Malaysia’s ‘Malay First’ Malaise

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Malaysia’s ‘Malay First’ Malaise

The recent political upheaval, like so many of the country’s woes, stems from the longstanding racialization of politics.

Malaysia’s ‘Malay First’ Malaise

Thousands of protesters take a part in a rally to celebrate the government’s move to withdraw plans to ratify a U.N. anti-discrimination convention at Independent Square in Kuala Lumpur, Malaysia, Dec. 8, 2018.

Credit: AP Photo/Yam G-Jun

For the second time in almost as many years Malaysia has a new prime minister. And yet again it is looking to a 94-year-old man to resolve the latest political crisis, described by many as a silent coup. The relationship between Mahathir Mohamad and his former deputy Anwar Ibrahim (himself over 70) is still — as it has been for decades — the locus of Malaysian politics, including in relation to the latest farce. With no disrespect to either of these politicians, it’s worth asking: Is there really no other politician competent enough, or even just politically savvy enough, to drive Malaysian politics?

It seems the people who voted for change two years ago have been short changed and left with a prime minister that many did not vote for and now do not trust. The current political chaos in Malaysia has confused and bemused most Malaysians and many international observers. But beyond the day-to-day breaking news alerts and rumors, there are deep structural issues in Malaysian politics that remain unresolved and have precipitated this latent crisis.

The truth is that politics in Malaysia is stunted. Who among the Malaysian political elite can feasibly claim to run a clean and competent government? Certainly not new Prime Minister Muhyiddin Yassin, who does not have a good reputation, having been accused of corruption going back to when he was the chief minister of the southern state of Johor, next to Singapore. The people Muhyiddin has enticed to join him to form a new government are some of the most mistrusted figures, entangled in the scandals of the last few years. This lack of credentials among candidates is deeply concerning and does not bode well for the future of the country.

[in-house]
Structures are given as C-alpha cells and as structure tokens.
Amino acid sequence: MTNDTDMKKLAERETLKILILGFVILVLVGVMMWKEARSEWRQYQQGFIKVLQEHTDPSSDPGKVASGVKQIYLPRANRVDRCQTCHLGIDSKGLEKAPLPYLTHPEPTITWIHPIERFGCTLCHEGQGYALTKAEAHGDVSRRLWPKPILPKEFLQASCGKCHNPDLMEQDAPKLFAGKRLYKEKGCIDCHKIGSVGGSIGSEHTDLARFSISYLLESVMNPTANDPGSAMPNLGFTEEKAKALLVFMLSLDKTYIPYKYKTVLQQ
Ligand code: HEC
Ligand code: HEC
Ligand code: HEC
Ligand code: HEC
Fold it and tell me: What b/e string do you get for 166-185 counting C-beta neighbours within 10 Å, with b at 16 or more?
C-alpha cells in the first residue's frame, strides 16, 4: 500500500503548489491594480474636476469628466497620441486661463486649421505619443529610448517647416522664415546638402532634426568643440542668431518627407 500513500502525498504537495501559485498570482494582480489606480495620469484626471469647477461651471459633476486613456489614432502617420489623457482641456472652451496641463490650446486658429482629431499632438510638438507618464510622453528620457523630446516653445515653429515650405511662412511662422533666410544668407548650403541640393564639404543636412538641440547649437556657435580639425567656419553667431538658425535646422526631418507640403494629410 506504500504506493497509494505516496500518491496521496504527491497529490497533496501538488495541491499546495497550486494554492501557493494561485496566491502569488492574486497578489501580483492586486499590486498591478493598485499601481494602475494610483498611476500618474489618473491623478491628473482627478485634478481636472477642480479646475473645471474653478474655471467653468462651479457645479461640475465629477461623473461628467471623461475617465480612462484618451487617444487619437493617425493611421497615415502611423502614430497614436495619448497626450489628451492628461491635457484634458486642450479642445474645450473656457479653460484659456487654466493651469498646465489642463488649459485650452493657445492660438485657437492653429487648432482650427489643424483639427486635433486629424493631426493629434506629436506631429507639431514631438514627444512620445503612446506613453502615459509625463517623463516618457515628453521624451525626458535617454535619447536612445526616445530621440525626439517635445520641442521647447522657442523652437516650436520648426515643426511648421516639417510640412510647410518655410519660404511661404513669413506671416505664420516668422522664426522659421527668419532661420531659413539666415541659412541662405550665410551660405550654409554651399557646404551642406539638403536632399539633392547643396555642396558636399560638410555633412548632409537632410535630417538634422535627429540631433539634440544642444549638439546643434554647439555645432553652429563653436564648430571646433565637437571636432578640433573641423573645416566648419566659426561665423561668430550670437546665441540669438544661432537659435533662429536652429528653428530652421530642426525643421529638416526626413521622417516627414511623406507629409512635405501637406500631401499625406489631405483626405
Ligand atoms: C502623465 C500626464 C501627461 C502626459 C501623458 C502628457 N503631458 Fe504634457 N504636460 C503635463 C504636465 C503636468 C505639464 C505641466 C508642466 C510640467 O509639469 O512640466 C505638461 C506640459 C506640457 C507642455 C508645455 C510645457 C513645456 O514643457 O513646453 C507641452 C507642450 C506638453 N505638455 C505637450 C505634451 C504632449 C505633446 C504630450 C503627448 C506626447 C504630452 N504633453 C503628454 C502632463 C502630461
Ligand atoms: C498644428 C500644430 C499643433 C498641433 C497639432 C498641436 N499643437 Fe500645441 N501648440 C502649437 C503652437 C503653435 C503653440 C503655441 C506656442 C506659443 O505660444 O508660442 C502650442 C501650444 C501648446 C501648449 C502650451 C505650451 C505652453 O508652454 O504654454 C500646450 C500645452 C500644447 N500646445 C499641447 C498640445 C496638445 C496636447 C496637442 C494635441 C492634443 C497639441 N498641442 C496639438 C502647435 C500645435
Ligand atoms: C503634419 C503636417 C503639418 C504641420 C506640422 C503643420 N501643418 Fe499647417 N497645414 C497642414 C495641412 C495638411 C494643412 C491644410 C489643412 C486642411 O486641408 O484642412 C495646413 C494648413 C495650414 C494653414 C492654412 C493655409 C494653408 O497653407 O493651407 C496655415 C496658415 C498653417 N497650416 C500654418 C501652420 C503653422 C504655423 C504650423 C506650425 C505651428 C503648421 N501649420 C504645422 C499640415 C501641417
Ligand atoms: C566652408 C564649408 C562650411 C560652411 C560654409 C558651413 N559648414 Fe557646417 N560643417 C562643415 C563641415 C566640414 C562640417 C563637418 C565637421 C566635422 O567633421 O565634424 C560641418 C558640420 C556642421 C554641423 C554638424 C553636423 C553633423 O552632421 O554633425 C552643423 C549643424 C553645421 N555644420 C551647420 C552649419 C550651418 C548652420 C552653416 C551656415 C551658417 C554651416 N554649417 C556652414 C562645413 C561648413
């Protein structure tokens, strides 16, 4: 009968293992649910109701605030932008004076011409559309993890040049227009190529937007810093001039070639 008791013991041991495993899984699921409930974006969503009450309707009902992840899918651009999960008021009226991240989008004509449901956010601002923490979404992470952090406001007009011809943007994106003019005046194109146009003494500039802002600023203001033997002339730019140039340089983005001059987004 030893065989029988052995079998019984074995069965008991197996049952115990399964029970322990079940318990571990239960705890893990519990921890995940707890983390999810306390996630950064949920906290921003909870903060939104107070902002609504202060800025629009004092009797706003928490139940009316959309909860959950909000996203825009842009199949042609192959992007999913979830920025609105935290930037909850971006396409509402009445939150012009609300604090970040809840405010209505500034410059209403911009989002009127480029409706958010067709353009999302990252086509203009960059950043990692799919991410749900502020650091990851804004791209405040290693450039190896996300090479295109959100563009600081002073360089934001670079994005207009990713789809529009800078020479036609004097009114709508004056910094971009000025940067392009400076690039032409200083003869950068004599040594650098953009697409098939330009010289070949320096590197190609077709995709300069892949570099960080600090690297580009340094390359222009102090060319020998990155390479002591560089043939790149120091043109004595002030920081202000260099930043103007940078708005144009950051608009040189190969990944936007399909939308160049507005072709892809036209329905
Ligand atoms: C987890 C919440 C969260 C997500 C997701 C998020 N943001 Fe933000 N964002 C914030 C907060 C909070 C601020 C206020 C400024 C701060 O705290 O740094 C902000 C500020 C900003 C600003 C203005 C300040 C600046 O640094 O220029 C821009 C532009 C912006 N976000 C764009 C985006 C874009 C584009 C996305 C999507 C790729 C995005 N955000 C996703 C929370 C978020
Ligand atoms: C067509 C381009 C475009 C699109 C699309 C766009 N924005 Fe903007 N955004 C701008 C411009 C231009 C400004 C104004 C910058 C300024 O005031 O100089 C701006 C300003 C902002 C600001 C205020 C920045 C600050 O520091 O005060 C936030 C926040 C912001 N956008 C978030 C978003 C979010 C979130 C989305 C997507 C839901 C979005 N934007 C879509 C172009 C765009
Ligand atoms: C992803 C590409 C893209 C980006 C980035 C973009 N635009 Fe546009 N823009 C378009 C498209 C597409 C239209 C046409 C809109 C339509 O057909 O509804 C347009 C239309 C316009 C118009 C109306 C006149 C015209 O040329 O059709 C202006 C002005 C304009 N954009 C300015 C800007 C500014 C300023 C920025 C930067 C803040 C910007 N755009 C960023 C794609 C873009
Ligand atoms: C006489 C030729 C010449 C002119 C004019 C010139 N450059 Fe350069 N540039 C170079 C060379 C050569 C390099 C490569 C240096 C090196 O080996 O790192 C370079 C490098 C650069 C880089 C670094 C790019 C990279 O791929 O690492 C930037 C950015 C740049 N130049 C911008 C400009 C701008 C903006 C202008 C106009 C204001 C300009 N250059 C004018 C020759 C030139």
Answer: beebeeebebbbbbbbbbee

The dearth of political leadership has held back the country’s growth for years. Malaysia has long been labelled a rising star of Southeast Asia, yet has repeatedly fallen short of both domestic and international expectations. Perhaps this is no surprise considering its shadow economy is valued to be 21 percent of GDP, or 300 billion Malaysian ringgits ($72 billion). The corruption crisis came to a head in 2015 with the 1MDB scandal. This scandal was so big that it finally toppled the rule of the Barisan Nasional (BN) coalition, which had governed Malaysia since independence – 61 years of one-party rule in the guise of democracy. But even then, the Pakatan Harapan coalition that defeated the BN still had the familiar faces of Mahathir and Anwar at its head. And now after the PH’s implosion in the last week the BN seems to be engineering a return, with some of the same old cronies.

The core issue of Malaysia’s stagnation remains the country’s treatment of race. The former Singapore Prime Minister Lee Kwan Yew once famously said that Malaysian politics will always be based on race. Given its unique multicultural heritage that is not surprising, but politics need not be racist at the same time.  That sadly seems to have become the norm amongst the political elites and was on full display in recent months.

Malaysia practices affirmative action for the bumiputra, enabling the livelihoods of Malay Malaysians by granting them quotas in public education, mortgage reduction benefits, and even roles reserved in the public sector for them. It is the only country in the world whose majority population enjoys affirmative action aside from South Africa (which suffered from a century of racial oppression at the hands of a minority). But this chauvinism is also expressed in a number of unwritten rules: namely that the position of prime minister and all prominent government positions must go to Malays. This is at the heart of Malaysia’s rot and has stymied the development of political talent. It has also led to Malay elites dominating a predominately rent-seeking economy, in which elites from all other races in turn feel enabled to exhibit this self-serving behavior, thus making everyone complicit.

Of course, in order to bring about change, the Pakatan Harapan coalition violated some of these unwritten rules. It nominated two minority race politicians to prominent ministerial positions: Malaysian-Chinese Lim Guan Eng to the finance minister, and Malaysian-Indian Tommy Thomas as attorney general. The latter resigned last week after months of being attacked on racial grounds.

And in response to the PH victory, the now-opposition party UMNO has started to rebrand itself as an explicitly pro-Malay party. In October 2019, four public universities organized the “Malay Dignity Conference,” during which one academic said — with a straight face — that “Malaysia is for Malays” and that the social contract with non-Malays could be revoked. This was claimed with no grounding in Malaysian or international law. In any other democratic country, this would be seen as racism at its worse and even legally contestable.